“Minimum hourly wage. For an adult”
Her eyes widened. “Cash?”
“The little bugger’ll be waiting for you next Saturday morning. Right here!” She closed the door.
When that Saturday arrived, Ronald planned the day’s work as he ate breakfast at 6 a.m. before going out to the barn and the machine-shed to lay out the equipment and the tools they would need.
At 7.30 on the dot Ronald had driven up the overgrown lane to the rented farmhouse. All was in silence; neglect. He had waited for five minutes and had then knocked at the door. The upstairs window shot up.
“What the f***!” A man’s voice, enraged.
“I’m here for Chad.”
“F*** off!” The window slammed shut.
Chad appeared at the door, pulling on a shirt. “Rick hates bein’ woke!”
“You weren’t here.”
“They don’t get up in the morning.” Chad made it sound normal.
‘No sunrise, for consolation? No dawn chorus, to offer redemption? A life bereft of beauty’ Ronald thought but said aloud, “You get your own breakfast?”
Chad shot him a puzzled look.
Ronald turned the heating on in the car. Chad’s clothing was woefully inadequate for a frosty fall morning. They drove in silence.
“Scrambled eggs?” Ronald put a plate on the table.
Chad’s eyes widened. He took a mouthful.
“What’s the funny taste?”
“The eggs are fresh.”
“The dark things.”
“Never heard of it.” He raised another forkful. “But it’s OK.”
Before they went back outside, Ronald took an old woollen bush-shirt off the stand at the back door and threw it to Chad. It hung on his childish frame like a shroud, but Ronald could see that he was glad of the warmth.
They worked, had lunch in the kitchen and finished their chores around three.
“I’ll drive you home,” Ronald counted Canadian dollar bills into Chad’s small hand.
Approaching the village, Chad said, “Here’ll do.”
“We’ve still a ways to go.”
“Someone’ll pick me up.”
Chad cherished no longing to return home and tell his story because it wasn’t a home, merely a house and there was no one to listen. He disappeared into Andrew’s general store.
The following day, when Ronald was shopping, Andrew ventured. “The kid you dropped off here? Yesterday? Had money to spend.”
“He worked all day. I paid him cash.”
“Well, you musta short-changed him on lunch or he musta been aaawful hungry. Spent a ton on chocolate milk, soda and candy bars. Hitched a ride home.”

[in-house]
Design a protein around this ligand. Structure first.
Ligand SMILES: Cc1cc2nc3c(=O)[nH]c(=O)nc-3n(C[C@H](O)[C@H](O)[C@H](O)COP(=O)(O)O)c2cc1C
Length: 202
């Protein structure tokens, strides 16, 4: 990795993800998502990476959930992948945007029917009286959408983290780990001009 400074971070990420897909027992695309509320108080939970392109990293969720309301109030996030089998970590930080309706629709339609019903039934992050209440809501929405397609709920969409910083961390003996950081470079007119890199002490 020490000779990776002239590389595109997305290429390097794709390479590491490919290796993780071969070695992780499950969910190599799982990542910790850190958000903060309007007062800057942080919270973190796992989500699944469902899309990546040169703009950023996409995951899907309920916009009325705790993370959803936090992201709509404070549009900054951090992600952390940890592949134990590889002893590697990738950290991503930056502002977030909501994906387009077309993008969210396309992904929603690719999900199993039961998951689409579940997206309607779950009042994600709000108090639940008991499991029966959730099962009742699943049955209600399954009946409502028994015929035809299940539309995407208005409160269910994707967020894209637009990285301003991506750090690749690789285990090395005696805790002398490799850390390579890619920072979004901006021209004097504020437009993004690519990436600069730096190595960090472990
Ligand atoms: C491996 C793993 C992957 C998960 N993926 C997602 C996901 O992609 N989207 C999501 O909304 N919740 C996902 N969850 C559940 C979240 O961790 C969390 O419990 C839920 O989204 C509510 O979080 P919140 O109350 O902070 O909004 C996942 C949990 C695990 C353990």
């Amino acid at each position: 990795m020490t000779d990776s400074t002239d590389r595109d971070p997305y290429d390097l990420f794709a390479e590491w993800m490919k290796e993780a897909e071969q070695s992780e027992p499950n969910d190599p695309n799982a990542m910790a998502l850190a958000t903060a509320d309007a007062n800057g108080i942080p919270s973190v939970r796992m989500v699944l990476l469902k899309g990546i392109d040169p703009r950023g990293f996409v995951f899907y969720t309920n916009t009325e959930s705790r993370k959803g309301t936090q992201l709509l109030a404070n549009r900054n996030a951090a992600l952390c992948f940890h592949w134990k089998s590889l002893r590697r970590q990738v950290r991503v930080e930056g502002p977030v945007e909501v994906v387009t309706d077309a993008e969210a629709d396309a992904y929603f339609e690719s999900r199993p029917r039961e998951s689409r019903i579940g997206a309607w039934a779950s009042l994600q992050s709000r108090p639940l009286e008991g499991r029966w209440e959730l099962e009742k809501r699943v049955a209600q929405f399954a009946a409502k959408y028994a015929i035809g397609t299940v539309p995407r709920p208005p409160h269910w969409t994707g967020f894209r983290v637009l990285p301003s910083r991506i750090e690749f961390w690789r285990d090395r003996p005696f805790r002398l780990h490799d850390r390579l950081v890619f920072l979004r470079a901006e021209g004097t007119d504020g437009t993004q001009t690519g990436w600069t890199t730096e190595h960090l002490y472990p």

Ronald regularly sought Chad’s help. If Chad wasn’t waiting as arranged, he’d throw a tennis ball gently at the window to rouse him.
Chad would eat breakfast at Ronald’s farm. They would work, have lunch – as much as Chad could eat -- and finish by mid-afternoon.
Over the next couple of years, try as he might, Ronald could not get close to Chad though he seemed comfortable in his company. He learned how to fix the water pump in the barn when it jammed, how to set the automatic drinking-bowls so they wouldn’t freeze, how to spread the hay-bales so that the cows didn’t fight over them, to load steers onto the drover’s float, and to be ever wary of the bull.
Unannounced, Chad appeared with his first girl-friend one day, to show where he worked at weekends. She was as childlike, peaky, unkempt, unloved and ill-clad as Chad, but she responded to the boy’s pride as he exaggerated his role on the farm.
It cut Ronald to the quick to recognise that sixteen-year-old Chad was trying to persuade her that at least a tiny part of his needy life held value, granted him respect, offered refuge.
Despite such few and unspoken gestures of trust, Chad kept his distance. And as the months passed, he began to be unavailable for weekend work.
“I’m helping a friend rebuild his truck.” Or: “Rick needs me to help him with a welding job.”
One of Ronald’s most challenging tasks was to pick up a bull he rented to a farmer for a couple of months every year. Chad had shown himself capable around animals and quietly assured when loading and unloading.
This year, Ronald had arranged for Chad to help, but when he arrived, the lad was unmindful. An older friend flaunting a second-hand motorbike had captured his attention.
“No can do!” Chad put Ronald off in the way of a sixteen-and-a-half-year-old trying to talk like he imagines a grown man might.
“Chad, we arranged this two months ago when you and I delivered the bull. I need your help loading. You’re good with him.”
“No can do!” Chad swaggered. “Brian’s gonna let me ride his ‘bike.”
Brian smirked, pleased to have bested the older man.
“C’mon, Chad. Down on the flats on Scriven Road, you can take her over.” He smirked again; kicked the bike into life.
Ronald made a final bid. “If the OPP catch you without a license, Chad...”
“C’mon, Chad. F*** it! Nuthin’s gonna happen!”
“Make the pick-up tomorrow! I’ll help tomorrow.” Chad leaped up behind Brian. In a spatter of gravel, they were gone.
Hurt that he had less to offer than a delinquent with a motorbike, Ronald loaded the bull alone. It took him an hour to coax the reluctant beast up the ramp and into the float.
Back home, the bull sniffed the autumn air, snorted and marched down the ramp like a conquering hero returned to his hareem.
Ronald wondered if he had been too hard on Chad. Would an extra day have mattered?
It was a week before Ronald returned to the farm from Montreal. Picking up the local paper, he read:
“Local teenager, Chad McDonnel, … killed instantly … uninsured motorcycle … riding under-age, … broke a telephone pole on Scriven Road.”
Ronald grieved. He grieved for a boy who had never enjoyed the care he deserved, the love he needed. He grieved for his own failure. And he grieved for bankrupt parents.